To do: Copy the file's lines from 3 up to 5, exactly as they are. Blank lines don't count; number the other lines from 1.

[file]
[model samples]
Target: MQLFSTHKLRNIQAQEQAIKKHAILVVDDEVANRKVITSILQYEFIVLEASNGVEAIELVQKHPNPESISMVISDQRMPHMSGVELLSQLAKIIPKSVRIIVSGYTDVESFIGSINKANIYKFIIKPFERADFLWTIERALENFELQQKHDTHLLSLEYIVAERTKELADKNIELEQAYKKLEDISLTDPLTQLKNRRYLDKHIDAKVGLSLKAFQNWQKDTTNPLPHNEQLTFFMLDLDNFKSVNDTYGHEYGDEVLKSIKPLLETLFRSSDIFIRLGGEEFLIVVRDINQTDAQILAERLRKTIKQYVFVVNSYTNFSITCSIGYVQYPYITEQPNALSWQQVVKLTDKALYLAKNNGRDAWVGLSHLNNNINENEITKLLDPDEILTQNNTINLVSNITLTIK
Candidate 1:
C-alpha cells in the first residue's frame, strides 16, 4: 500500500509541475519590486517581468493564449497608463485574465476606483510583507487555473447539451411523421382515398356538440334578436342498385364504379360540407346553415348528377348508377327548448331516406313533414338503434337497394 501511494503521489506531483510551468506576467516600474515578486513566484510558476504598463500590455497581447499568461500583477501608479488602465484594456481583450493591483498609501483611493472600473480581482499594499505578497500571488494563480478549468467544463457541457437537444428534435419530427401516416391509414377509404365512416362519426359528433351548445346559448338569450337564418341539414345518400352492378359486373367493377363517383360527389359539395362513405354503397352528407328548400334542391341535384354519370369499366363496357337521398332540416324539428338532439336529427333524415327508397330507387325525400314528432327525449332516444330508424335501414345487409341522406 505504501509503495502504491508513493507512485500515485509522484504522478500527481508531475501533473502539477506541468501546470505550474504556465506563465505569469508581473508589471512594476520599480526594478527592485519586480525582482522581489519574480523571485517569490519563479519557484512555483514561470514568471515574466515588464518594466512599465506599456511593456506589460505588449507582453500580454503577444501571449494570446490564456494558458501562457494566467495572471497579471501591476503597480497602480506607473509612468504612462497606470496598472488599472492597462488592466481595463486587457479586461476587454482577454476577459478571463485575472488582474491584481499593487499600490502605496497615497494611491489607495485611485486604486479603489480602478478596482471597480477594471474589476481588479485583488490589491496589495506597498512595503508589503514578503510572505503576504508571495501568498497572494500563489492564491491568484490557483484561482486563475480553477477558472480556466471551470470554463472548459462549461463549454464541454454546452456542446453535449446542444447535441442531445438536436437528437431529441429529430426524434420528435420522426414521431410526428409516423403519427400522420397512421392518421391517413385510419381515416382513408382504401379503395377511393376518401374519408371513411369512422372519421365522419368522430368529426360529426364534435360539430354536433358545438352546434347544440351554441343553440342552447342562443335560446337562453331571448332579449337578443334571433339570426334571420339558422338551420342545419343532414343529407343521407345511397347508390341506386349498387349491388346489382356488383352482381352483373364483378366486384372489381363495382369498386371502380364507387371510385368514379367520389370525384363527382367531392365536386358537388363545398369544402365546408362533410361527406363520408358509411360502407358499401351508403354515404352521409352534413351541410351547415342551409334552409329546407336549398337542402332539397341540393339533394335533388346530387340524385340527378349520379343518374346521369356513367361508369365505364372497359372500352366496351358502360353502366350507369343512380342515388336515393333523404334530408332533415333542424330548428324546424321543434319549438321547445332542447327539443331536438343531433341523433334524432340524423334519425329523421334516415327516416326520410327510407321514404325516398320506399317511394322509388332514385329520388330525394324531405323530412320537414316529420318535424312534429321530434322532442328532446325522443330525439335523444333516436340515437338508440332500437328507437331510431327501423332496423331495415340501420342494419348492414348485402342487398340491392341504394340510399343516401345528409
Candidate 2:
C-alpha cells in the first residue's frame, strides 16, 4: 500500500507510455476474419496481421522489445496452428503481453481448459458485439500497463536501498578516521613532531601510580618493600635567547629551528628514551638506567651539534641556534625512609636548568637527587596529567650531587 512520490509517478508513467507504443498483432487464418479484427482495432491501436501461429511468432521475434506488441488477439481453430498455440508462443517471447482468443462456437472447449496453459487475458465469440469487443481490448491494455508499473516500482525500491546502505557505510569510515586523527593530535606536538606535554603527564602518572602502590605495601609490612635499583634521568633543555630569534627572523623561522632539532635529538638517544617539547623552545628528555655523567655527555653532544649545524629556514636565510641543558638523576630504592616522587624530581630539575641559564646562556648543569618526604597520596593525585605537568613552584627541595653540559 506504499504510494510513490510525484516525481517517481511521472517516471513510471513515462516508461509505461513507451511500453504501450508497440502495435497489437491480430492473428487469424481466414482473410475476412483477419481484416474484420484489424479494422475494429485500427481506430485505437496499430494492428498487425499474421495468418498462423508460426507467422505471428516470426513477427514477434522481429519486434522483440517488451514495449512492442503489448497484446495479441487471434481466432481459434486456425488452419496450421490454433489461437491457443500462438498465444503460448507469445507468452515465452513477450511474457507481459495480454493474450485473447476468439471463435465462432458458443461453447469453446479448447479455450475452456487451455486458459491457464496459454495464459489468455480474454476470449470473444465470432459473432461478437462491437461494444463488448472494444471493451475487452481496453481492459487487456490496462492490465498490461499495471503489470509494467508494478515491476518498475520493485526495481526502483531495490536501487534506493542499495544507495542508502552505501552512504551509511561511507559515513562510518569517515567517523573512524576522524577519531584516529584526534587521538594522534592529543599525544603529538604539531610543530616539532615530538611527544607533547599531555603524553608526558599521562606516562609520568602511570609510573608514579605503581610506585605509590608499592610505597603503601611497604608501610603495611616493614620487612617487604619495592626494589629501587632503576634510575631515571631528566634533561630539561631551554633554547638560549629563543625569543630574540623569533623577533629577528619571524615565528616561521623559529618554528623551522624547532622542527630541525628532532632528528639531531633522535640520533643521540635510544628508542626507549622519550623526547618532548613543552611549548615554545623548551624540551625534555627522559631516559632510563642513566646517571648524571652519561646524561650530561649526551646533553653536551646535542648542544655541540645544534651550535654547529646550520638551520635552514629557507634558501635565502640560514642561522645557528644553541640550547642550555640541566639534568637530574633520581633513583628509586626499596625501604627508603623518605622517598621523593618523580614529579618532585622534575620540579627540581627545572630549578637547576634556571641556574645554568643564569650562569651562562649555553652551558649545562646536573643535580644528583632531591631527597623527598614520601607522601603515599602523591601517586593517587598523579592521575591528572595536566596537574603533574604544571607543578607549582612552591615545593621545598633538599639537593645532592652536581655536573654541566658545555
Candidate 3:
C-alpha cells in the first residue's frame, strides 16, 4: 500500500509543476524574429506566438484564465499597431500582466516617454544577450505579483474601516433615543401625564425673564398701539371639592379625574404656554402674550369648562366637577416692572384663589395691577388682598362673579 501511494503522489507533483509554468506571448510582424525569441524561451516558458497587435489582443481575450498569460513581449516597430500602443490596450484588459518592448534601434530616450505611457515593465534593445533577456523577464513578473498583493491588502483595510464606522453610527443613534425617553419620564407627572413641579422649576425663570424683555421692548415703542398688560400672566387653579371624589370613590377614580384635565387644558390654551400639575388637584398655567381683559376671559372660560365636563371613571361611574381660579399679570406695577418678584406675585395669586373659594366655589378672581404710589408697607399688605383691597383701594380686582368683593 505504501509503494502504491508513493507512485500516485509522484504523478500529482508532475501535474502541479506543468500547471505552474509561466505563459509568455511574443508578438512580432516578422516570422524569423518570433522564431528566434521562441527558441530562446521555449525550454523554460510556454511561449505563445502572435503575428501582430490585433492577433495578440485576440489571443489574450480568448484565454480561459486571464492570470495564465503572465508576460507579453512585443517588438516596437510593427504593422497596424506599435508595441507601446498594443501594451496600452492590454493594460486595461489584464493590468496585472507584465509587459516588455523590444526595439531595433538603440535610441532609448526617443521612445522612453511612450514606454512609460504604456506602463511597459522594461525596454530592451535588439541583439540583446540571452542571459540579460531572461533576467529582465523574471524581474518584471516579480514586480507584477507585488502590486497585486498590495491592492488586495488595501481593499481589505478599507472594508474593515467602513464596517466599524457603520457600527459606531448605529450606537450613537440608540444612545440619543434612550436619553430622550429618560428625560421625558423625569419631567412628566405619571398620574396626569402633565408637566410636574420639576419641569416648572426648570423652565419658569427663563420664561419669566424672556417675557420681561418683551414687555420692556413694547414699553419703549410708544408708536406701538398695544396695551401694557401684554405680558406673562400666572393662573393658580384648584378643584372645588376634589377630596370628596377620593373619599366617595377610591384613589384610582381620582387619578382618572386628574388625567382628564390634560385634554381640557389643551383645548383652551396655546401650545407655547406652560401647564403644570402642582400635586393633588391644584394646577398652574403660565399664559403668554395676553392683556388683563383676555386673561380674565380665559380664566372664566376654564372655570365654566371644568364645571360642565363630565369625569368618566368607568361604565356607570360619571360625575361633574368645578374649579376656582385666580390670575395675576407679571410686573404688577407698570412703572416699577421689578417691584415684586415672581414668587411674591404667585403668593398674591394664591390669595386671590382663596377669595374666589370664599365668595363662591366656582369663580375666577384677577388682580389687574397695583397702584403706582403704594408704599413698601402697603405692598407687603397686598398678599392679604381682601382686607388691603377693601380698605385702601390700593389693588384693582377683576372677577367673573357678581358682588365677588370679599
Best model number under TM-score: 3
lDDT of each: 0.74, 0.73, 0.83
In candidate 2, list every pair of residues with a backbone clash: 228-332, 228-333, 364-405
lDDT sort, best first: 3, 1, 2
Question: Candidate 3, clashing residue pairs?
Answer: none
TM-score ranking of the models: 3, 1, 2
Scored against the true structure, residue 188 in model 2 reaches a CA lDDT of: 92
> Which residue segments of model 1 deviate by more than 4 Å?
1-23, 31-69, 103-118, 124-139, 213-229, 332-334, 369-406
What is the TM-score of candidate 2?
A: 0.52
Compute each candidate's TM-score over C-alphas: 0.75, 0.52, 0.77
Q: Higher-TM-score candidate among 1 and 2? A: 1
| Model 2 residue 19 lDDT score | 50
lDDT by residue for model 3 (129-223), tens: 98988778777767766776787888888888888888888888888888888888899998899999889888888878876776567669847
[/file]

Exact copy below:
Candidate 1:
C-alpha cells in the first residue's frame, strides 16, 4: 500500500509541475519590486517581468493564449497608463485574465476606483510583507487555473447539451411523421382515398356538440334578436342498385364504379360540407346553415348528377348508377327548448331516406313533414338503434337497394 501511494503521489506531483510551468506576467516600474515578486513566484510558476504598463500590455497581447499568461500583477501608479488602465484594456481583450493591483498609501483611493472600473480581482499594499505578497500571488494563480478549468467544463457541457437537444428534435419530427401516416391509414377509404365512416362519426359528433351548445346559448338569450337564418341539414345518400352492378359486373367493377363517383360527389359539395362513405354503397352528407328548400334542391341535384354519370369499366363496357337521398332540416324539428338532439336529427333524415327508397330507387325525400314528432327525449332516444330508424335501414345487409341522406 505504501509503495502504491508513493507512485500515485509522484504522478500527481508531475501533473502539477506541468501546470505550474504556465506563465505569469508581473508589471512594476520599480526594478527592485519586480525582482522581489519574480523571485517569490519563479519557484512555483514561470514568471515574466515588464518594466512599465506599456511593456506589460505588449507582453500580454503577444501571449494570446490564456494558458501562457494566467495572471497579471501591476503597480497602480506607473509612468504612462497606470496598472488599472492597462488592466481595463486587457479586461476587454482577454476577459478571463485575472488582474491584481499593487499600490502605496497615497494611491489607495485611485486604486479603489480602478478596482471597480477594471474589476481588479485583488490589491496589495506597498512595503508589503514578503510572505503576504508571495501568498497572494500563489492564491491568484490557483484561482486563475480553477477558472480556466471551470470554463472548459462549461463549454464541454454546452456542446453535449446542444447535441442531445438536436437528437431529441429529430426524434420528435420522426414521431410526428409516423403519427400522420397512421392518421391517413385510419381515416382513408382504401379503395377511393376518401374519408371513411369512422372519421365522419368522430368529426360529426364534435360539430354536433358545438352546434347544440351554441343553440342552447342562443335560446337562453331571448332579449337578443334571433339570426334571420339558422338551420342545419343532414343529407343521407345511397347508390341506386349498387349491388346489382356488383352482381352483373364483378366486384372489381363495382369498386371502380364507387371510385368514379367520389370525384363527382367531392365536386358537388363545398369544402365546408362533410361527406363520408358509411360502407358499401351508403354515404352521409352534413351541410351547415342551409334552409329546407336549398337542402332539397341540393339533394335533388346530387340524385340527378349520379343518374346521369356513367361508369365505364372497359372500352366496351358502360353502366350507369343512380342515388336515393333523404334530408332533415333542424330548428324546424321543434319549438321547445332542447327539443331536438343531433341523433334524432340524423334519425329523421334516415327516416326520410327510407321514404325516398320506399317511394322509388332514385329520388330525394324531405323530412320537414316529420318535424312534429321530434322532442328532446325522443330525439335523444333516436340515437338508440332500437328507437331510431327501423332496423331495415340501420342494419348492414348485402342487398340491392341504394340510399343516401345528409
Candidate 2: